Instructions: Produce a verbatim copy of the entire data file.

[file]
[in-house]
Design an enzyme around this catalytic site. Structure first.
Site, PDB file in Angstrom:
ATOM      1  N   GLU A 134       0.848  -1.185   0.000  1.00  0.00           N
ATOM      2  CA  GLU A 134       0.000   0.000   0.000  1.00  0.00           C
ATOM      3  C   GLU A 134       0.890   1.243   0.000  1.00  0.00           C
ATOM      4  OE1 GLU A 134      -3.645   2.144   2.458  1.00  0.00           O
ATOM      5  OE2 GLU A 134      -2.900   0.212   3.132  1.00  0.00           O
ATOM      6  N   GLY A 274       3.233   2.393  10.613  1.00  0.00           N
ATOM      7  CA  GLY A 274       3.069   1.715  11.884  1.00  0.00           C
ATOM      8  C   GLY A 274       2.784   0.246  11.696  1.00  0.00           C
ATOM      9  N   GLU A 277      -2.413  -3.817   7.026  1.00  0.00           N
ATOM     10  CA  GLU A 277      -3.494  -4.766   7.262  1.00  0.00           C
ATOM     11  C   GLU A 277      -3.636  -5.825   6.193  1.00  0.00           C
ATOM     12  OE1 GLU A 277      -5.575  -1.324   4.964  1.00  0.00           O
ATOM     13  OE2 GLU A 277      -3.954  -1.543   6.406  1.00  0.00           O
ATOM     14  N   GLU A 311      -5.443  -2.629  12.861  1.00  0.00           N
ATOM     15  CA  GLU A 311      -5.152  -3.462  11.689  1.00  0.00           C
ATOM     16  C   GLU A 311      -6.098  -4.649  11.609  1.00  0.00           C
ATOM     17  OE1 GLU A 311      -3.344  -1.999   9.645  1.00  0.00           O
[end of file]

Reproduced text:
[in-house]
Design an enzyme around this catalytic site. Structure first.
Site, PDB file in Angstrom:
ATOM      1  N   GLU A 134       0.848  -1.185   0.000  1.00  0.00           N
ATOM      2  CA  GLU A 134       0.000   0.000   0.000  1.00  0.00           C
ATOM      3  C   GLU A 134       0.890   1.243   0.000  1.00  0.00           C
ATOM      4  OE1 GLU A 134      -3.645   2.144   2.458  1.00  0.00           O
ATOM      5  OE2 GLU A 134      -2.900   0.212   3.132  1.00  0.00           O
ATOM      6  N   GLY A 274       3.233   2.393  10.613  1.00  0.00           N
ATOM      7  CA  GLY A 274       3.069   1.715  11.884  1.00  0.00           C
ATOM      8  C   GLY A 274       2.784   0.246  11.696  1.00  0.00           C
ATOM      9  N   GLU A 277      -2.413  -3.817   7.026  1.00  0.00           N
ATOM     10  CA  GLU A 277      -3.494  -4.766   7.262  1.00  0.00           C
ATOM     11  C   GLU A 277      -3.636  -5.825   6.193  1.00  0.00           C
ATOM     12  OE1 GLU A 277      -5.575  -1.324   4.964  1.00  0.00           O
ATOM     13  OE2 GLU A 277      -3.954  -1.543   6.406  1.00  0.00           O
ATOM     14  N   GLU A 311      -5.443  -2.629  12.861  1.00  0.00           N
ATOM     15  CA  GLU A 311      -5.152  -3.462  11.689  1.00  0.00           C
ATOM     16  C   GLU A 311      -6.098  -4.649  11.609  1.00  0.00           C
ATOM     17  OE1 GLU A 311      -3.344  -1.999   9.645  1.00  0.00           O